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Moldovan presidential election, November–December 2009

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Title: Moldovan presidential election, November–December 2009  
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Subject: Alliance for European Integration, Moldovan parliamentary election, 2010, 2009 in Moldova, Victor Bodiu, Igor Corman
Collection: 2009 Elections in Moldova, 2009 in Moldova, Elections in Moldova, Presidential Elections in Moldova
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Moldovan presidential election, November–December 2009

Moldovan presidential election

10 November 2009
7 December 2009
Electoral vote boycotted

President before election

Mihai Ghimpu
Acting President

Elected President

None
Mihai Ghimpu
Acting President

An indirect presidential election was held in Moldova on 10 November 2009 and 7 December 2009,[1] following the parliamentary election held in July 2009.[2]

Contents

  • Pre-election developments 1
  • Election 2
  • See also 3
  • References 4
  • External links 5

Pre-election developments

A first attempt had failed in May–June 2009 after the parliamentary election in April 2009, forcing a snap election and a second presidential election afterwards. Should this election fail again, the constitution forbids a second early election in the same year, which would mean that snap elections would be held in early 2010.

The PCRM have suggested that they would be willing to support an independent candidate for president.[3]

On August 8, 2009, four parties agreed to create the Alliance For European Integration, which will push the Communist party into opposition. The Alliance For European Integration needs to elect a new president, an action which will be impossible without having the support of at least 8 Communist MPs. The Alliance For European Integration has a narrow majority of 53 deputies out of 101 in the Moldovan Parliament, while the Communists have 48. At least 61 votes are needed to elect the new president.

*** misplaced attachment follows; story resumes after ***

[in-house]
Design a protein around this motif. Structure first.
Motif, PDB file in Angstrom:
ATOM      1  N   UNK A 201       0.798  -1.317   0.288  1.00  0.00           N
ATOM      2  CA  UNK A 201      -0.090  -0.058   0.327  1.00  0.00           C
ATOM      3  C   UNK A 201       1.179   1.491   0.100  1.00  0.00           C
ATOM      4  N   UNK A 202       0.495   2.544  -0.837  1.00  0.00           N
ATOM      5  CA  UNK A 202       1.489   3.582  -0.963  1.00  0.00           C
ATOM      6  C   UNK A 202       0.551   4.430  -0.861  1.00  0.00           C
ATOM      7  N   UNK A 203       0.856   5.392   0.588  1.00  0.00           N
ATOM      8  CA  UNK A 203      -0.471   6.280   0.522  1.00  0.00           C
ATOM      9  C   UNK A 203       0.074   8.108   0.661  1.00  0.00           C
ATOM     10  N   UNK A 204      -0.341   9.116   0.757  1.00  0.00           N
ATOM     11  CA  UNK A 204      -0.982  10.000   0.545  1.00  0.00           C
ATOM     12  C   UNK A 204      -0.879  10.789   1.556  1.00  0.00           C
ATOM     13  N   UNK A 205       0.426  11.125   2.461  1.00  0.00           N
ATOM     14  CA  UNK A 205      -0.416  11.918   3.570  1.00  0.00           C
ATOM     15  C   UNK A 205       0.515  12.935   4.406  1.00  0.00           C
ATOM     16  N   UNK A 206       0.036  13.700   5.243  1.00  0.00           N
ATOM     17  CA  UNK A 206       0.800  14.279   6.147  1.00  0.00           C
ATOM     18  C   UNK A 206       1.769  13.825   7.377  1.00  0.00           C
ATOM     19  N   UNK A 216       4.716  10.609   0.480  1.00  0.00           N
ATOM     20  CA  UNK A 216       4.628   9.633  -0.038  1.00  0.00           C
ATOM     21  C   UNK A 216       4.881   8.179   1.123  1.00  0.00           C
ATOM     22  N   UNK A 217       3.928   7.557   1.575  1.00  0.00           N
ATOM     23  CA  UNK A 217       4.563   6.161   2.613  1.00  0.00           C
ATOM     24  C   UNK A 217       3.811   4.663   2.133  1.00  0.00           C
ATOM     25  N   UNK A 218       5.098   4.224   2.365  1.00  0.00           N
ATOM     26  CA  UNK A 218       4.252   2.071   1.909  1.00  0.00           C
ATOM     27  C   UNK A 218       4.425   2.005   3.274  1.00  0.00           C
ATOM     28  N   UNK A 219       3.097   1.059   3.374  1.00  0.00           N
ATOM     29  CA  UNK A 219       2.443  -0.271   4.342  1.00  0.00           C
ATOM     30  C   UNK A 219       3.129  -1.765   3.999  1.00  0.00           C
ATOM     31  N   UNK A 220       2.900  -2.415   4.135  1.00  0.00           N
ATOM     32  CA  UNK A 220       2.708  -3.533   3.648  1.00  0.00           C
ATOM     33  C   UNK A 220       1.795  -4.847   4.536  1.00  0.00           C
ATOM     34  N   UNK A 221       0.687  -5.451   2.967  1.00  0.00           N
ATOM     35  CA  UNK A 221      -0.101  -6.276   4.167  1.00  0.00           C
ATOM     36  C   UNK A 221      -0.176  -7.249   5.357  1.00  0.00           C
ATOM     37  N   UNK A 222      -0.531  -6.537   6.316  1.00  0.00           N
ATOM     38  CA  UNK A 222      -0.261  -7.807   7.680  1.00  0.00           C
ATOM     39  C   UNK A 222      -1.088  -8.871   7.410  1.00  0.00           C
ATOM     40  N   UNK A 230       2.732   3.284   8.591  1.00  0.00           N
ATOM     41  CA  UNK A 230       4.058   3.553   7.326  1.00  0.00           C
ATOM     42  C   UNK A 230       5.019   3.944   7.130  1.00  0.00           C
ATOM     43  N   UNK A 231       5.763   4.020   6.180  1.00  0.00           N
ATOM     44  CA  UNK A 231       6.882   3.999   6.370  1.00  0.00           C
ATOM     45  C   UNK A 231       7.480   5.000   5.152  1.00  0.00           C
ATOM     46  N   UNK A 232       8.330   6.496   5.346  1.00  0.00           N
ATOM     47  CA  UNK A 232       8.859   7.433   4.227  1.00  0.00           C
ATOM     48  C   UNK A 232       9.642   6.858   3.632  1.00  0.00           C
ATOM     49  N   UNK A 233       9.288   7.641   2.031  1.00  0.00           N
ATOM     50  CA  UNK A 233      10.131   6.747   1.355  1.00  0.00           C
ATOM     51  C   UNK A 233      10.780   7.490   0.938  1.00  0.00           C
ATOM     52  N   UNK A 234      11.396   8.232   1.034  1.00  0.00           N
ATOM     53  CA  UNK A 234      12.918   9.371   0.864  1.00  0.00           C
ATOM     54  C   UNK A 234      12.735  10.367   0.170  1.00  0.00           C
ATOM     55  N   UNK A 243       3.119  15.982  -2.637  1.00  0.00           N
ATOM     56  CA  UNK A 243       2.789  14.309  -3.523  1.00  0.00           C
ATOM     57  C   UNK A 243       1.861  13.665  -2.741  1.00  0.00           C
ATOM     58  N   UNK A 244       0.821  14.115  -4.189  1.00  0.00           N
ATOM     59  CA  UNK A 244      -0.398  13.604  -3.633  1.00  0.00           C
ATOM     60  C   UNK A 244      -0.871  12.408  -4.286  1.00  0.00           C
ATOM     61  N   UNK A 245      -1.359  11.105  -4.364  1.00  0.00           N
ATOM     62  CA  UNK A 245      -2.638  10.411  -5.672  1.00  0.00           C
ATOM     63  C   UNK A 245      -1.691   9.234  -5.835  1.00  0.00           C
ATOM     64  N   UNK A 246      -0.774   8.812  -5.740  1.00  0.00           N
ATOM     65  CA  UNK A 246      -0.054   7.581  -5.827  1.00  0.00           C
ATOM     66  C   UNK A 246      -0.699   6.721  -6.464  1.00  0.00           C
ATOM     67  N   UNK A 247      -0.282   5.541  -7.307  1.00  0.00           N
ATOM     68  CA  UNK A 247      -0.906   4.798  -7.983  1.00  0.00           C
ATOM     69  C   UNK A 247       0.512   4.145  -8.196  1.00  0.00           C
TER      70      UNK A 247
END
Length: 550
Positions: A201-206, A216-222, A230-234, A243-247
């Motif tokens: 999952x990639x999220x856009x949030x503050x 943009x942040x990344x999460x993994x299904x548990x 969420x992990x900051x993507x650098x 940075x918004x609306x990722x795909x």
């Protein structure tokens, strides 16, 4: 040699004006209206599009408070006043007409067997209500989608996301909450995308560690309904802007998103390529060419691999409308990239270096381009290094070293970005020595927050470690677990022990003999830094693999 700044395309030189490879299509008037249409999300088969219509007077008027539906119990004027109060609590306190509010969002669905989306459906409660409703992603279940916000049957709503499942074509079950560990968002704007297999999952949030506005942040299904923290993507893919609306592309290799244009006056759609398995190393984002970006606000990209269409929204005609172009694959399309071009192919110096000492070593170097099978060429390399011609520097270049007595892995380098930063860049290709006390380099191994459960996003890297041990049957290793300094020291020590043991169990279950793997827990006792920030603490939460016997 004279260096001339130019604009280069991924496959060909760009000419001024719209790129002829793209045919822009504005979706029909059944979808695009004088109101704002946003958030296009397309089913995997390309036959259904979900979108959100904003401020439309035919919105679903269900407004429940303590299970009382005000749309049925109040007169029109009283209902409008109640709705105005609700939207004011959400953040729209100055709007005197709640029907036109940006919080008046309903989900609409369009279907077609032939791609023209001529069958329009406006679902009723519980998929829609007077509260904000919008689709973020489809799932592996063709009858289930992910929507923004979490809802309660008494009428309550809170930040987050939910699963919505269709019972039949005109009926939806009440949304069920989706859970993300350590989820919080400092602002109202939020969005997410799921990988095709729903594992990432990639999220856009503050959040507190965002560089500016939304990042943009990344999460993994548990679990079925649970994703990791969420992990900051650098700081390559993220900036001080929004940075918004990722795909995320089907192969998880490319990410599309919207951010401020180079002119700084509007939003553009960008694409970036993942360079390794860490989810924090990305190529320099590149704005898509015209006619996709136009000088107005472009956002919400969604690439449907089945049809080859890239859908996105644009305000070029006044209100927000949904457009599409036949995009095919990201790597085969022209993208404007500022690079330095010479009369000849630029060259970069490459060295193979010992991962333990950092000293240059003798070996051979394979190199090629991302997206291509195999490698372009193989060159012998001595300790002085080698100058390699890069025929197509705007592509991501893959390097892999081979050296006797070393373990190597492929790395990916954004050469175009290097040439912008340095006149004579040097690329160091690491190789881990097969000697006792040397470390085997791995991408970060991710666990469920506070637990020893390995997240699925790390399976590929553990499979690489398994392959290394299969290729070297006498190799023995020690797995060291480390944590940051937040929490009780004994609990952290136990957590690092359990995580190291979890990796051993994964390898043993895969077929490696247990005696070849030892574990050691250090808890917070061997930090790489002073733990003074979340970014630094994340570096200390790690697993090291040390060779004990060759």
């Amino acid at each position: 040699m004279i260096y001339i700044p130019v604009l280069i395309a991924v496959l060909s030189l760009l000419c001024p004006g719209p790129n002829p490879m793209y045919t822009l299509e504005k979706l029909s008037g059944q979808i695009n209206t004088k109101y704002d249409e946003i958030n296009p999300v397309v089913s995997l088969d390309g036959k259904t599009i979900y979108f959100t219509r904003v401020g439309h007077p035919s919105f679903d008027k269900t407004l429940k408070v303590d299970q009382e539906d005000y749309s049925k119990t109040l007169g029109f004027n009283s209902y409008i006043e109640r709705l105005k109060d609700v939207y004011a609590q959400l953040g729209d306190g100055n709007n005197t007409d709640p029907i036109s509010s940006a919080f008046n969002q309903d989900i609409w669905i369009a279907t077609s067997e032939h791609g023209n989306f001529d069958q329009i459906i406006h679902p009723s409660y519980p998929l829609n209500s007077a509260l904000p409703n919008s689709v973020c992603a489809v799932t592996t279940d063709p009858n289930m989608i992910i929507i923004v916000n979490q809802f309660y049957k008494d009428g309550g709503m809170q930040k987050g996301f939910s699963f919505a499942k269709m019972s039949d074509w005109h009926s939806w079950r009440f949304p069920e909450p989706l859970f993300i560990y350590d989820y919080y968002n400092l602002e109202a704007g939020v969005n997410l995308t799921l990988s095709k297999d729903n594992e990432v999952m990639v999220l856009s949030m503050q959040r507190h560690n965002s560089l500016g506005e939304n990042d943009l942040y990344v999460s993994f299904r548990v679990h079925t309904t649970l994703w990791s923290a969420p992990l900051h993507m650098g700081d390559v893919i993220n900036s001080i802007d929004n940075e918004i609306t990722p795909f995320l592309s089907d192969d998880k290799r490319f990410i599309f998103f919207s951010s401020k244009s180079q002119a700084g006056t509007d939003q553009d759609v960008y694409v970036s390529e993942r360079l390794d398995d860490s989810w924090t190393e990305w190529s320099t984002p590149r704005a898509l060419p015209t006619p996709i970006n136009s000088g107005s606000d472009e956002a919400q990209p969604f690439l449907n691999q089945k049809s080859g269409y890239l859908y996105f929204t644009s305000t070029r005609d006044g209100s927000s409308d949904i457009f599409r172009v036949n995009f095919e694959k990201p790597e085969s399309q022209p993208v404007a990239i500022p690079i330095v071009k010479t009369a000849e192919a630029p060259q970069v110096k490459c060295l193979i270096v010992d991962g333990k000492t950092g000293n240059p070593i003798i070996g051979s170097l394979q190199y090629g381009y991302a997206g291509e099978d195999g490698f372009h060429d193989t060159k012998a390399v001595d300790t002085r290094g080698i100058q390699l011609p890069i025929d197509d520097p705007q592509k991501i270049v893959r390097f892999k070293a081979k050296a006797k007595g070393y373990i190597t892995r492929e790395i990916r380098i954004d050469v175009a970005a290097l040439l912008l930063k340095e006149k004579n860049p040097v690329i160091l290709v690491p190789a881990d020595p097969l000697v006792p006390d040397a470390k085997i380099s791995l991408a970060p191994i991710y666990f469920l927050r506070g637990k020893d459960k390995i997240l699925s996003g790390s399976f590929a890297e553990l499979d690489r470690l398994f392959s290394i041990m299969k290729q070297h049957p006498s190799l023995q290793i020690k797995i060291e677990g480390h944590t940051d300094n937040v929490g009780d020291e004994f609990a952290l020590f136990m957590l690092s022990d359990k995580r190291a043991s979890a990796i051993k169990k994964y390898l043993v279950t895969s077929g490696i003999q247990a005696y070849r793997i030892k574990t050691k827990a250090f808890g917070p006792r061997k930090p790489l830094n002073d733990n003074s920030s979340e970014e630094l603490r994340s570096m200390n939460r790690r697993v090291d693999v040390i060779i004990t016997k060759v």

Parliament held its first session on 28 August 2009.[4] The Alliance for European Integration elected Mihai Ghimpu, leader of the Liberal Party as Parliament Speaker. It was announced on that date they would nominate Marian Lupu for President and Vlad Filat for Prime Minister.[5]

The Communist Party boycotted the session and challenged the legitimacy of Ghimpu's election on procedural grounds on 1 September, but the Constitutional Court decided on 8 September that the election had been valid.[6] Voronin had announced he would resign by 14 September 2009 and become a simple MP, which he did on 11 September 2009; this meant that Ghimpu took over as acting president until the election.[7]

Election

Moldova's parliament will vote to elect a new president of the former Soviet republic on October 23 or 26, Marian Lupu said on October 5, 2009.[8] The elections were to be held on October 23, but were postponed due to a constitutional dilemma over whether it is legal to hold them with only one candidate registered.

The first election attempt on 10 November failed, as the PCRM boycotted the election. Another round was to be held within thirty days, and if the second attempt failed as well, early elections would be held in autumn 2010.[9] The second round was set for 7 December, and failed as well, with the same voting result.[10]

See also

References

  1. ^ http://www.worldbulletin.net/news_detail.php?id=50454
  2. ^ "Moldova sets president vote in parliament Nov. 10".  
  3. ^ http://www.rferl.org/content/Moldovan_Communists_Could_Back_Independent_President/1794956.html
  4. ^ http://en.rian.ru/russia/20090820/155866121.html
  5. ^ http://www.worldbulletin.net/news_detail.php?id=46521
  6. ^ http://news.xinhuanet.com/english/2009-09/09/content_12018572.htm
  7. ^ http://www.rferl.org/content/Moldovan_High_Court_Upholds_Parliament_Speakers_Election/1818536.html
  8. ^ Moldovan parliament to elect president in late October
  9. ^ http://www.focus-fen.net/index.php?id=n199930
  10. ^ http://www.sofiaecho.com/2009/12/07/827038_moldova-faces-new-early-elections

External links

  • Election of President of the Republic of Moldova 2009 / alegeri.md
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